By John Pontifex
EGYPT’S new Coptic Orthodox Pope should break with the past, take a lower political profile and allow the Coptic faithful to speak up for themselves in defence of their rights.
Praising Pope-designate Tawadros II’s early statements favouring a spiritually-focused pontificate over a political one, Coptic Catholic Bishop Kyrillos William stressed the need for the new leader to “leave the lay people to represent themselves”.
Speaking from Upper Egypt in an interview with Catholic charity Aid to the Church in Need, Bishop William, Patriarchal Administrator of the Coptic Catholic Church, said Pope-designate Tawadros was the best of the three candidates in the final round.
Bishop William went on: “Pope Tawadros has got to work for the rights of Christians but not so much in a political way – leave the lay people to represent themselves.
“Many people thought the last Pope [Shenouda III, who died in March] spoke for all the Copts.
“This was not right. The Copts have to speak for themselves while the Pope deals with pastoral and spiritual affairs.”
Bishop Kyrillos, acting leader of Egypt’s Coptic Catholics in place of Patriarch Cardinal Antonios Naguib who had a severe stroke last December, recommended that the new Coptic Orthodox Pope set up a “council” for Coptic Christians which would give significant voice to the lay faithful.
Bishop William was speaking today (Monday, 5th November) a day after attending the ceremony in St Mark’s Cathedral, Alexandria, in which Tawadros was nominated after a six-year-old blind-folded boy plucked his name from a glass bowl – an event the Coptic Catholic leader described as “very exciting”.
Bishop William’s comments come after widespread criticism of Pope Shenouda’s allegedly political interventions, particularly his early 2011 calls on the faithful to stop protesting against President Hosni Mubarak’s regime, appeals they largely ignored.
In his ACN interview, Bishop William went on to insist that ecumenical cooperation would be crucial in the new Coptic Orthodox Pope’s struggle against Islamic extremism, much of which targets Christians.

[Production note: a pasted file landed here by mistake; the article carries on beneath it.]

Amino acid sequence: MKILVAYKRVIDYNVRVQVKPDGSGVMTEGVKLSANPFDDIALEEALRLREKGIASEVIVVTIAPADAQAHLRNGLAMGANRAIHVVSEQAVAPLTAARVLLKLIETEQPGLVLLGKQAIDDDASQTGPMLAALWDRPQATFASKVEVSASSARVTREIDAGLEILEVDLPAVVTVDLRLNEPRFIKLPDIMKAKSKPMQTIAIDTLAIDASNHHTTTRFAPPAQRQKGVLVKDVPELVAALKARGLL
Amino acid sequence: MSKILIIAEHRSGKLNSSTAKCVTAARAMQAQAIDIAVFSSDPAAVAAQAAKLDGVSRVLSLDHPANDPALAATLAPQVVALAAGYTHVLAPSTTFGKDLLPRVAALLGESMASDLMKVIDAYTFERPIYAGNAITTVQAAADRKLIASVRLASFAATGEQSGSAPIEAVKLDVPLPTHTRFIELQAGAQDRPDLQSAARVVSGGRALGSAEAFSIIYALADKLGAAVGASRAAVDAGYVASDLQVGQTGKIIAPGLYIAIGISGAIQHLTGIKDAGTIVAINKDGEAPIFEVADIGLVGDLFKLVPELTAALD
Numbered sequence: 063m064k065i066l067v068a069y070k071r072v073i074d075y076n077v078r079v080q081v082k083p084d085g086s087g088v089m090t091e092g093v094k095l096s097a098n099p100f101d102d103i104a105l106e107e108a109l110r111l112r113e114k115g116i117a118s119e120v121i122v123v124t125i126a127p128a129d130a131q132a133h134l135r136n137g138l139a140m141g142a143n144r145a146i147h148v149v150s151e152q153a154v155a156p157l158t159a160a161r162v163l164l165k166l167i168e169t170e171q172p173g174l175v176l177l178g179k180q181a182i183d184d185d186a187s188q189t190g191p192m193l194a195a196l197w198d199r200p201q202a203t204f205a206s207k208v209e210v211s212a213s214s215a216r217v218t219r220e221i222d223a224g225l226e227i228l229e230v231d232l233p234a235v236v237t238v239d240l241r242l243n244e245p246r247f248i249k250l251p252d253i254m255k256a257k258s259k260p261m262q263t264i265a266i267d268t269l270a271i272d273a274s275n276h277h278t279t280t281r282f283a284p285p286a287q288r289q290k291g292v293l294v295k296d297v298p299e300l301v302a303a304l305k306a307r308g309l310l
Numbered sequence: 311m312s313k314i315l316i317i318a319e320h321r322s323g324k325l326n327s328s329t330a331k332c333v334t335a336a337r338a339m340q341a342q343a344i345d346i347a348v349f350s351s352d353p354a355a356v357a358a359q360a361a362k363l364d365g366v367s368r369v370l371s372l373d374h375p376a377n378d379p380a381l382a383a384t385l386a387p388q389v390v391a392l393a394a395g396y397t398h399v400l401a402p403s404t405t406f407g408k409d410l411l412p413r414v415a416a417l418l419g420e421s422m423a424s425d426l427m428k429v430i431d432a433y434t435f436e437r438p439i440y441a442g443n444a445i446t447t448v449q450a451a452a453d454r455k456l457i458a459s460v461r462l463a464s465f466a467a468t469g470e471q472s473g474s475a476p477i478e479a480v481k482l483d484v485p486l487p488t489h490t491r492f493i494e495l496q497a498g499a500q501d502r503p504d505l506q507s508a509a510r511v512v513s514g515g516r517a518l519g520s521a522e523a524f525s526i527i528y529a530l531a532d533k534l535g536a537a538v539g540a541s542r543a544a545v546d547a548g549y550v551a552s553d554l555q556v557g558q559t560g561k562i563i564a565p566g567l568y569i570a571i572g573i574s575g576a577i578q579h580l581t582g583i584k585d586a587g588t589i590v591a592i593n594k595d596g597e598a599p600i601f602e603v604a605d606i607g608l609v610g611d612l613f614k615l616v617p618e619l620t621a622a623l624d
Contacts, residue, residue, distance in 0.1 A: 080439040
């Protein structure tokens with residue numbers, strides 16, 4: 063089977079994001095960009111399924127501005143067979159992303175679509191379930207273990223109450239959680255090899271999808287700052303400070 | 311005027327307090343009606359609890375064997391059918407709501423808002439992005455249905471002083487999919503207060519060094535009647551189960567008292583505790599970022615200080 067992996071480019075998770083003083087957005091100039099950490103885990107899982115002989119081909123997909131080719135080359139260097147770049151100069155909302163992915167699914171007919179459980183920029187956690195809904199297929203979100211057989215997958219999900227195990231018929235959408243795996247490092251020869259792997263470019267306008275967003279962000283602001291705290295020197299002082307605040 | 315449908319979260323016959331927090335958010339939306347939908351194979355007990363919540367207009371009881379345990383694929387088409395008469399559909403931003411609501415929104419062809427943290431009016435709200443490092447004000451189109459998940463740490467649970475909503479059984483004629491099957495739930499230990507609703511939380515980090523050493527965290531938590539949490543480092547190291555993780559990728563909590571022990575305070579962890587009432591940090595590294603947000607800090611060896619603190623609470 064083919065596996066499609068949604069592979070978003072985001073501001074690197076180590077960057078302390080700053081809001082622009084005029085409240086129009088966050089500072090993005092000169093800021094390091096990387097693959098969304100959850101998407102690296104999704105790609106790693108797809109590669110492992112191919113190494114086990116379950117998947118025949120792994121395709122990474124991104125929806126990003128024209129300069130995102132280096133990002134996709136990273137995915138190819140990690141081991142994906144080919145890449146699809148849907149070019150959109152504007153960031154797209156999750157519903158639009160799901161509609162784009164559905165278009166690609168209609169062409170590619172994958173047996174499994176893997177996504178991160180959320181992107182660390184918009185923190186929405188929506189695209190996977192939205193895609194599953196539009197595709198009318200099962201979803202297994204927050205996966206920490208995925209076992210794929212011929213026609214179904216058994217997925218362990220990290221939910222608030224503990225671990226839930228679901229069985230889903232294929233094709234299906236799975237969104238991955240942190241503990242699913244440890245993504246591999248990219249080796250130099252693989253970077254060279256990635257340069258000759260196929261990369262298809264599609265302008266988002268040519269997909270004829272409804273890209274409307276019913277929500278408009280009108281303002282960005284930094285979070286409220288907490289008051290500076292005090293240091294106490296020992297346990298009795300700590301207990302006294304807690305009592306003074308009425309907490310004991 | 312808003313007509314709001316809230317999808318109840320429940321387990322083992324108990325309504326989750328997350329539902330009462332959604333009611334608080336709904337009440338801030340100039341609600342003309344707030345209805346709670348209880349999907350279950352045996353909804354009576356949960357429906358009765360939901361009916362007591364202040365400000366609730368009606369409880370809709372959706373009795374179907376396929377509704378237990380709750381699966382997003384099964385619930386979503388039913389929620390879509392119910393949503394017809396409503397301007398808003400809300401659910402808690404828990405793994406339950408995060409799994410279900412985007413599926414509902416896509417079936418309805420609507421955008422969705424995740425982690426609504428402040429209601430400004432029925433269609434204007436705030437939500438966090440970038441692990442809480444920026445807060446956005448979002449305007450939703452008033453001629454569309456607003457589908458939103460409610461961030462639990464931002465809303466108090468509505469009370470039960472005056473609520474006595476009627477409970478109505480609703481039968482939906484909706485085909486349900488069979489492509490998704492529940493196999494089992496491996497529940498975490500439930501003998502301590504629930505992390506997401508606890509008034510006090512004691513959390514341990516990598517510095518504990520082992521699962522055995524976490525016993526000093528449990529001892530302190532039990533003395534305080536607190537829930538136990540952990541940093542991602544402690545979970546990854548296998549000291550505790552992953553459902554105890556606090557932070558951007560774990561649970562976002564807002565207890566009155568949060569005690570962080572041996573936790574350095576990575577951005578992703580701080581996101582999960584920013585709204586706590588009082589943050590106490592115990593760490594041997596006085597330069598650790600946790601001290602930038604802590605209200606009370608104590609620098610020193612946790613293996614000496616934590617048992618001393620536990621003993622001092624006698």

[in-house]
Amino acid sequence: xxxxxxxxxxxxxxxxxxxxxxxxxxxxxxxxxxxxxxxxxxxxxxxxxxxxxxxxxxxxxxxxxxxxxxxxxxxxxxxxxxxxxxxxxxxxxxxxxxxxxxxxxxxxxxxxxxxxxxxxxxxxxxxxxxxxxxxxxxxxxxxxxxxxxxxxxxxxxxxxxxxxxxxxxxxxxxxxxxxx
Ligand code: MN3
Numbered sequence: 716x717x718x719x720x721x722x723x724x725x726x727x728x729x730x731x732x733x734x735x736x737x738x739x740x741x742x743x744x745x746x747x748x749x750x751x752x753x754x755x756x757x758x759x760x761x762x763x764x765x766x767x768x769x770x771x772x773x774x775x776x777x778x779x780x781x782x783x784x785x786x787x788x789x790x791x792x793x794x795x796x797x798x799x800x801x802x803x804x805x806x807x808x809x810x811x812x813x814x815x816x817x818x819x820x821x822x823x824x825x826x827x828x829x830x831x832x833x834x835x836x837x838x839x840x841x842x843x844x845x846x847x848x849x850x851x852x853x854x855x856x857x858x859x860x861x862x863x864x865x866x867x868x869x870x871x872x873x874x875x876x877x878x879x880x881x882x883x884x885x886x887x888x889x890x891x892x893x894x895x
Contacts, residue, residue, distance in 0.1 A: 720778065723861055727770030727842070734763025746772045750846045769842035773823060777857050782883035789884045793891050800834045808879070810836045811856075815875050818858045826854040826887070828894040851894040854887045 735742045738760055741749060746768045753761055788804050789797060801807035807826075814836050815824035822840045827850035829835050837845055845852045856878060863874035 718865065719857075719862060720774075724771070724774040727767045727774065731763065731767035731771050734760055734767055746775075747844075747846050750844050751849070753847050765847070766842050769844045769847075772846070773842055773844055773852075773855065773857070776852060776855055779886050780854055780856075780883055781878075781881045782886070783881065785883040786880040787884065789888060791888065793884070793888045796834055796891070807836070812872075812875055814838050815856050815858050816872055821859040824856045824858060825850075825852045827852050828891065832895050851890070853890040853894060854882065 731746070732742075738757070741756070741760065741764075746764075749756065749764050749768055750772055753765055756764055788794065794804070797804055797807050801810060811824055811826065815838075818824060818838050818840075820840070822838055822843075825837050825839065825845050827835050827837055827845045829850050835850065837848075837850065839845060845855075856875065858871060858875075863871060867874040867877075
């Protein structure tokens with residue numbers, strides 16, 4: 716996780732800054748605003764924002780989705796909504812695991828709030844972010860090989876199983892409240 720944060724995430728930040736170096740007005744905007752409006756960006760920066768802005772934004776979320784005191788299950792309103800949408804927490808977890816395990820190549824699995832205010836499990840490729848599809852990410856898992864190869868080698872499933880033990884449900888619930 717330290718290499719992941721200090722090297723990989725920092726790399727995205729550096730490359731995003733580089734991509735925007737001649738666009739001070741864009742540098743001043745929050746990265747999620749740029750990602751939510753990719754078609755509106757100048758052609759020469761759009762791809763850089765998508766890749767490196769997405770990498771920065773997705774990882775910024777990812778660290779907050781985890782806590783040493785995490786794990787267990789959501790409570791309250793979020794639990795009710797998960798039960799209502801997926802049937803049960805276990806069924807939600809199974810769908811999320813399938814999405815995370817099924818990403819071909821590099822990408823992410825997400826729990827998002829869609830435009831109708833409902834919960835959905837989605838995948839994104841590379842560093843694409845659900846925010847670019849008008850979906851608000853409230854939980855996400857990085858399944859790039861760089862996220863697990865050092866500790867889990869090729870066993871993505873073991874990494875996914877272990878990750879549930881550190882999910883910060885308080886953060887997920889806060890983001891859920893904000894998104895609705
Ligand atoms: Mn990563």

He said: “I don’t know what the new Pope can do [to tackle Islamist violence] but Churches have been working together to build a council of Churches and we hope that we will be able to meet him soon personally and talk about it then.”
Stressing the Pope-designate’s ecumenical credentials, Bishop William said that Franciscan Sisters described how every year the Coptic Orthodox leader had visited their centre for blind children outside the Mediterranean city of Alexandria.
Bishop William said that during Pope Shenouda’s time ecumenical relations were complicated by controversies including the ‘re-baptism’ of Catholics and other Christians marrying in the Coptic Orthodox Church.
Other Coptic Catholic bishops welcoming Tawadros’s nomination included Bishop Joannes Zakaria of Luxor and Bishop Antonios Aziz Mina of Giza.
Also stating that Tawadros was the best of the three final short-list of candidates, Bishop Zakaria said the Pope-designate could prove crucial in helping to steer Egypt’s draft constitution away from forcing non-Muslims to follow Islamic Shari’a law.
Speaking from Luxor, Bishop Zakaria told ACN: “Really we are in a difficult time with the constitution especially given the influence of the Salafists [extremists] and the Muslim Brotherhood.
“We need to stand up for the rights of Christians.”
Praising the Pope designate’s skills as an administrator and spiritual leader, Bishop Zakaria said: “He has had 10 years of experience as a bishop. He will be in favour of better relations with other Churches. I pray for that. Let us wait and see.”
And Bishop Aziz said: “Together with the Coptic Church we have prayed and fasted that a worthy successor to His Holiness Pope Shenouda III would be chosen.
“This has now come to pass with the nomination of His Holiness Pope Tawadros II. We hope that the new Pope will be able to guide his Church with strength and wisdom through all the difficulties that exist in Egypt at the present time.”
He too underlined the difficulties of the draft constitution, adding: “We demand no privileges, but equality for all citizens, whether Christians or Muslims.
“Such a just constitution would be of benefit to all citizens of Egypt, not Christians.
“Thus, on this level there is no difference between us and our Muslim fellow citizens.”
The Coptic Catholic Church in Egypt is 200,000-strong, compared with the Coptic Orthodox Church which has up to 10 million.
By John Pontifex